One of Sander’s most valuable partners was Benedict Roezl, an orchid-hunter from Prague. Roezl was especially striking because he had only one hand, the other having been replaced with a metal hook after an accident while demonstrating some machinery he had invented. The piratical look only enhanced his reputation as an especially intrepid and ruthless orchid hunter. For 40 years, Roezl traveled across the Americas, either on horseback or by foot, discovering numerous new specimens (at least seven orchid varieties have since been named in his honor) and shipping vast quantities back to Sander to sell at great profit. Roezl was one of the few orchid hunters who made it to retirement, despite being robbed 17 times. His contribution to botany was so great that a statue of him was later erected in his home city of Prague.

Wilhelm Micholitz around 1890 in Singapore Cambridge University Botanic Gardens // Public Domain

Sander was a tough boss, always pushing his orchid hunters to greater glories. He communicated with his team via cable and letter, and some of these fascinating pieces of correspondence now survive in the archives at Kew Gardens in London. One series of letters reveals that orchid hunter Wilhelm Micholitz, during a mission to New Guinea, was terrified by natives who practiced ritual sacrifice. Micholitz collected a shipload of orchids and was getting ready to sail home when disaster struck and his ship caught fire, resulting in the loss of his precious cargo. Micholitz wrote to Sander outlining the dangers and asking to be allowed to come home, only for Sander to cable the curt reply: “Return, recollect.” However, Sander did allow Micholitz to employ an armed guard, and the latter was delighted to later recount that he had found a new source of orchids in the jungle, albeit in rather gruesome circumstances—growing on a pile of human remains.

Inevitably, given the great riches at stake—valuable plants could change hands for more than $1000 per plant, roughly equivalent to $24,390 in today’s money—the teams of orchid hunters developed fierce rivalries. Once a new species had been discovered, the collectors would strip the area to prevent their rivals from obtaining any of the new plants, devastating the environment in the process. On one occasion, orchid hunter William Arnold wrote to Sander to reveal he had been forced to pull a gun on his rival while collecting plants in Venezuela. Sander replied advising him to follow his enemy, collect what he collected, and then, when the opportunity arose, to urinate on the rival’s plants in the hopes of destroying his haul.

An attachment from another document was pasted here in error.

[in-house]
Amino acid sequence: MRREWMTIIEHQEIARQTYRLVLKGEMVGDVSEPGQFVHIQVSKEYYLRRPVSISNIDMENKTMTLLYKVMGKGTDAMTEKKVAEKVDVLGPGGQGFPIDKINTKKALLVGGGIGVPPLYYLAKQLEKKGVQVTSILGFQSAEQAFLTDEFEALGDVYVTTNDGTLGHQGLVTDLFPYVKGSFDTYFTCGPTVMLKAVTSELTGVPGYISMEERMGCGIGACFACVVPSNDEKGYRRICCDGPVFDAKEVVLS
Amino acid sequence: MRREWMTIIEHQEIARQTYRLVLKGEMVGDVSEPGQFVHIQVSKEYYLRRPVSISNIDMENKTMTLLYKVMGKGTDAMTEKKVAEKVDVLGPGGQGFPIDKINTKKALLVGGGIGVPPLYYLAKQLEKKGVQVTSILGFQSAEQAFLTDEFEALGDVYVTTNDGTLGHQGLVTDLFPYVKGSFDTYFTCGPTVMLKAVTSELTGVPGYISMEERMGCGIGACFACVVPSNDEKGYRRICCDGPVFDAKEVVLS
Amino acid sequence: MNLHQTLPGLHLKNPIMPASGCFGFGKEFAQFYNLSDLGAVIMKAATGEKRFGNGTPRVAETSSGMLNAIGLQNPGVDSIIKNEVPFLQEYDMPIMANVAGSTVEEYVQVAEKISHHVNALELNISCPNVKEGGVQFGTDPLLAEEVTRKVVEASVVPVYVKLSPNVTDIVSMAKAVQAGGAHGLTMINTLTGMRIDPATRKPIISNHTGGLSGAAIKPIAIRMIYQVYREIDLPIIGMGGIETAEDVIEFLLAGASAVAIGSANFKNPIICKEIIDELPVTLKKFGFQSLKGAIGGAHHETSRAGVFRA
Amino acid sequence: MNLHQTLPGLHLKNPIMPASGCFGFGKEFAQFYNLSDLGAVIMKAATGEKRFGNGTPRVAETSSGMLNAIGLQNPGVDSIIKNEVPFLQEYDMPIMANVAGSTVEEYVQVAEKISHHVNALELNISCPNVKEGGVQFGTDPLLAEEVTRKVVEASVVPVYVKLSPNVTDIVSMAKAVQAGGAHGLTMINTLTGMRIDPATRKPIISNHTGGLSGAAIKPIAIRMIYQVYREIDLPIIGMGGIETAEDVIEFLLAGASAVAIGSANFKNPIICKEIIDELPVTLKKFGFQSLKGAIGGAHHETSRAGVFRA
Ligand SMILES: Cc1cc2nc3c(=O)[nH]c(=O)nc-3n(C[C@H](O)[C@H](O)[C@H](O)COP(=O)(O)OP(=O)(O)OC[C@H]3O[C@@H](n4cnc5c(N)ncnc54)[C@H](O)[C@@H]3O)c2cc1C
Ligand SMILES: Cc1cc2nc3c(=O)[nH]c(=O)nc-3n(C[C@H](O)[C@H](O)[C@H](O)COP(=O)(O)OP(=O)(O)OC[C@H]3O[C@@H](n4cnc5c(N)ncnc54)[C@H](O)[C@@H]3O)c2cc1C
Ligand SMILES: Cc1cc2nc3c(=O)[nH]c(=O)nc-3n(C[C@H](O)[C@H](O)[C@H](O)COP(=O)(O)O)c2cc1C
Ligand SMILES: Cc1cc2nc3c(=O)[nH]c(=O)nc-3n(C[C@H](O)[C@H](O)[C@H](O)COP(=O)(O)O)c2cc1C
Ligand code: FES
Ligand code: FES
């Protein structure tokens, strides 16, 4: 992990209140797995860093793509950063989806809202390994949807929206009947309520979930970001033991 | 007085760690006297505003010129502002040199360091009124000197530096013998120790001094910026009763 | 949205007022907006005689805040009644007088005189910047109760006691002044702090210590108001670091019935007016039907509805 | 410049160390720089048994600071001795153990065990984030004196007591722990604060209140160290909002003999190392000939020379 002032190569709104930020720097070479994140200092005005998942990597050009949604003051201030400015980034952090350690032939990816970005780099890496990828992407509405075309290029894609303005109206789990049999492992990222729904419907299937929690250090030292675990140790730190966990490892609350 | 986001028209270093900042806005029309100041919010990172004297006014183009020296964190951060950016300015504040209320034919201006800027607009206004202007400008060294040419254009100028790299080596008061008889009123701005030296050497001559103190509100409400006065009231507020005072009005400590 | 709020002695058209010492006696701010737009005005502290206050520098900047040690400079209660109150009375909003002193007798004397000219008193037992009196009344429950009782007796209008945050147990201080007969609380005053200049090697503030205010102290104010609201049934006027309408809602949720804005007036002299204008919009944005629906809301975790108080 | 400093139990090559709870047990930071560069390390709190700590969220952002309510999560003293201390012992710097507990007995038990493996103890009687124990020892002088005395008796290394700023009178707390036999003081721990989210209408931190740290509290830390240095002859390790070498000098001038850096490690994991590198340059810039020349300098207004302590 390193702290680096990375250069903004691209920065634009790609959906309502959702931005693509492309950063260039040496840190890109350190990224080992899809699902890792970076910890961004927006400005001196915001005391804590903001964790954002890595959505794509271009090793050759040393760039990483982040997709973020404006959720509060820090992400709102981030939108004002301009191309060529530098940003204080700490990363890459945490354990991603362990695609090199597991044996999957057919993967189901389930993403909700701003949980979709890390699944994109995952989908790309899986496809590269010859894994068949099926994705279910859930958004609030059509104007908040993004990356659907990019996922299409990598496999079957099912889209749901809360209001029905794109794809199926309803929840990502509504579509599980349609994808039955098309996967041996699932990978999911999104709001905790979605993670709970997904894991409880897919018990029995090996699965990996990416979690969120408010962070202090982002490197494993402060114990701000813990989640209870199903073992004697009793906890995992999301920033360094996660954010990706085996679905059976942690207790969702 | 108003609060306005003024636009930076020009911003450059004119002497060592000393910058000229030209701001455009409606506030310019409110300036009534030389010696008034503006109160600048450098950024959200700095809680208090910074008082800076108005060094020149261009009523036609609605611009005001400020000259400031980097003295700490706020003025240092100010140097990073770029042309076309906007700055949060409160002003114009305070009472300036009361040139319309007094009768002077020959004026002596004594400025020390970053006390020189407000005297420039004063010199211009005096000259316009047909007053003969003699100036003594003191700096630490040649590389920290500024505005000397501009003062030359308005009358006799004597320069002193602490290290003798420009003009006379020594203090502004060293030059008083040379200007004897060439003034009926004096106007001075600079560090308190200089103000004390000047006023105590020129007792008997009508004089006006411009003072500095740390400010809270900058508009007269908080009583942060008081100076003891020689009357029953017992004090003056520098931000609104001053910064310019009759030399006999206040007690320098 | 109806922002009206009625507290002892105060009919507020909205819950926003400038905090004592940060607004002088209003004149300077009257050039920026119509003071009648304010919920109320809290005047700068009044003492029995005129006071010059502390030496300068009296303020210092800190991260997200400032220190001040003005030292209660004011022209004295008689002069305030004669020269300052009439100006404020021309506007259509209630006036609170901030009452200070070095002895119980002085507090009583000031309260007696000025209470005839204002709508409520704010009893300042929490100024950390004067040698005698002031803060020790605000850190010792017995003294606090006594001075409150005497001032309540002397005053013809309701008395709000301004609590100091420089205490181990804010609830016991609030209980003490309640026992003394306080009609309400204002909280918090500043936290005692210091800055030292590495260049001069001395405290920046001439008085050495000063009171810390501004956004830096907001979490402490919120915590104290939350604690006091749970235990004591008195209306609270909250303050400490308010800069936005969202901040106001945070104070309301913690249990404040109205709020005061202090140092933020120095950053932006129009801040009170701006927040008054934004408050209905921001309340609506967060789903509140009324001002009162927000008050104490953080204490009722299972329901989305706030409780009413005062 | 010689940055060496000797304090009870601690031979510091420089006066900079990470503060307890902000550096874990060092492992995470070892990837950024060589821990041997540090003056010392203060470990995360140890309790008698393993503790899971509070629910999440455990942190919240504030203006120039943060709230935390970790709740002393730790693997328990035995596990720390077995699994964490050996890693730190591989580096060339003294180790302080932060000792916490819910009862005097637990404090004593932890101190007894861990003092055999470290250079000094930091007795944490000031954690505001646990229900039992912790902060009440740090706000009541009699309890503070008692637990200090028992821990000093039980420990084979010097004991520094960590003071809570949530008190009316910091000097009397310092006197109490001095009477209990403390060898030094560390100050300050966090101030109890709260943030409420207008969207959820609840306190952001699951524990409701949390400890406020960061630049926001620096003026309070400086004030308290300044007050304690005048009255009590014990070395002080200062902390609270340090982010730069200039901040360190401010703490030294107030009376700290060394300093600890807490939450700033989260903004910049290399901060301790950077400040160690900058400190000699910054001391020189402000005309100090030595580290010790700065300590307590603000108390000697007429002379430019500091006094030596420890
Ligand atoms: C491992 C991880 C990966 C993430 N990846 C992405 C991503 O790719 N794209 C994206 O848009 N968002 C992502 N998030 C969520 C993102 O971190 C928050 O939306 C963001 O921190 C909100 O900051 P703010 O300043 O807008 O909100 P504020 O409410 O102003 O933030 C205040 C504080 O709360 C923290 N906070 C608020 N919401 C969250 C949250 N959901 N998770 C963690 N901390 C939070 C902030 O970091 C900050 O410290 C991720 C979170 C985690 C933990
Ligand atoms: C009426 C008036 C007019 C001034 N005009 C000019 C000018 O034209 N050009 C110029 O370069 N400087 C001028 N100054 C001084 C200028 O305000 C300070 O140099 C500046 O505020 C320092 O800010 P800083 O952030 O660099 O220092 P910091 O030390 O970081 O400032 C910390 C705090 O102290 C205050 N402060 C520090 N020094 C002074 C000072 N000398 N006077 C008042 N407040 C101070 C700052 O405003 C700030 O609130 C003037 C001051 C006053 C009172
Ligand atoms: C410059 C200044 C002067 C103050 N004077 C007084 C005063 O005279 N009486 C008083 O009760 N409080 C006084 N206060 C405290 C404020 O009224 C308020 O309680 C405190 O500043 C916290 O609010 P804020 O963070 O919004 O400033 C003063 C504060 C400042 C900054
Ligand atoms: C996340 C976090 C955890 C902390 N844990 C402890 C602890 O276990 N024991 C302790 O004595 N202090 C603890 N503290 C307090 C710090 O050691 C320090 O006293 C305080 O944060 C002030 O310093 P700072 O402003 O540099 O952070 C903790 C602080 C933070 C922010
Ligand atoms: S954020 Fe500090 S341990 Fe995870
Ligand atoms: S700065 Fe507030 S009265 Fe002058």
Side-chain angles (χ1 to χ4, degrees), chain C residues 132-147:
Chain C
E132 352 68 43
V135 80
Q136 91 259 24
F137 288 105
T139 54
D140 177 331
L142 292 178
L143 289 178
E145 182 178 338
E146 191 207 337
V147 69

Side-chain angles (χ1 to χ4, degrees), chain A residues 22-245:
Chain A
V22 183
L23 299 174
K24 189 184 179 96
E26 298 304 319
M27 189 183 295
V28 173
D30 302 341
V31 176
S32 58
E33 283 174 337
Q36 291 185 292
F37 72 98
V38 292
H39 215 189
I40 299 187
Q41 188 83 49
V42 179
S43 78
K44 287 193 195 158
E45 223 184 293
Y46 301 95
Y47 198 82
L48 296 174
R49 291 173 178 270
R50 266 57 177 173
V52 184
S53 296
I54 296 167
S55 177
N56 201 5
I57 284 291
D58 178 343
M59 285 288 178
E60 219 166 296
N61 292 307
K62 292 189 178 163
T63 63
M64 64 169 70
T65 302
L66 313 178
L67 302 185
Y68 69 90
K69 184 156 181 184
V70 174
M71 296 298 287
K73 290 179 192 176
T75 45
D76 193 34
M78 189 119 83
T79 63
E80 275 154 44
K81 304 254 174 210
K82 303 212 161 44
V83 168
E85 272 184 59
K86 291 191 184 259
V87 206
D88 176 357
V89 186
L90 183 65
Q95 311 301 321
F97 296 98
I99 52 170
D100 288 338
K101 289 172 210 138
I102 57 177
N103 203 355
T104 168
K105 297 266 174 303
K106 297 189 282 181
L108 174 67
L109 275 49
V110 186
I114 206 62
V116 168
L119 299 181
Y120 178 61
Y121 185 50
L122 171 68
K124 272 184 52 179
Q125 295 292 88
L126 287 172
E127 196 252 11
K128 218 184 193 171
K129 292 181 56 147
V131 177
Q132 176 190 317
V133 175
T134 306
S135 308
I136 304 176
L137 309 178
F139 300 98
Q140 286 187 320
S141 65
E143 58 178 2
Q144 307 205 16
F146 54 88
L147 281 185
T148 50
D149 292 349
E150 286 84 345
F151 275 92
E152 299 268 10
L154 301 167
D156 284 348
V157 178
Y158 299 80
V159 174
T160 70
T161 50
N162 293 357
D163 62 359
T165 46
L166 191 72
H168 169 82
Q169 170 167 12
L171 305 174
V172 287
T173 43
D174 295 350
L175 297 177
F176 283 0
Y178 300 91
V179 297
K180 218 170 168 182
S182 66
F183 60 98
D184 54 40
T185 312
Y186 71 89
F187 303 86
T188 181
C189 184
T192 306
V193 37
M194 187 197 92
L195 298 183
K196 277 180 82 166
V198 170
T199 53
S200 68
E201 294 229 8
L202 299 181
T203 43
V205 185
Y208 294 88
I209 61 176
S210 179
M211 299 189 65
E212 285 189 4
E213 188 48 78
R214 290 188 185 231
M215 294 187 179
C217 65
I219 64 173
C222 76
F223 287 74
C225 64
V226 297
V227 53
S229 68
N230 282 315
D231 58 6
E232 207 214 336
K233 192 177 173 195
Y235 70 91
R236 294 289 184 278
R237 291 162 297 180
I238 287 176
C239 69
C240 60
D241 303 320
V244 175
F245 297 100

After nearly a hundred years of orchidelirium, the madness ended almost as suddenly as it had begun—increased botanical knowledge and the development of more sophisticated greenhouses meant that orchids no longer needed to be imported and could be cultivated in Europe. And of course, as soon as the plants became easily sourced, their value and cachet dropped. Today one can pick up an orchid for as little as $15—meaning that orchid hunters need not risk their lives for these amazing plants, and anyone can own a slice of the exotic.

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Why Some Trees in Norway Are Missing Their Rings
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Dendrochronologists are experts at reading tree rings. They can learn a great deal of information—including past climate in an area and the age of the tree—by taking a tree core sample and reading between the lines (literally).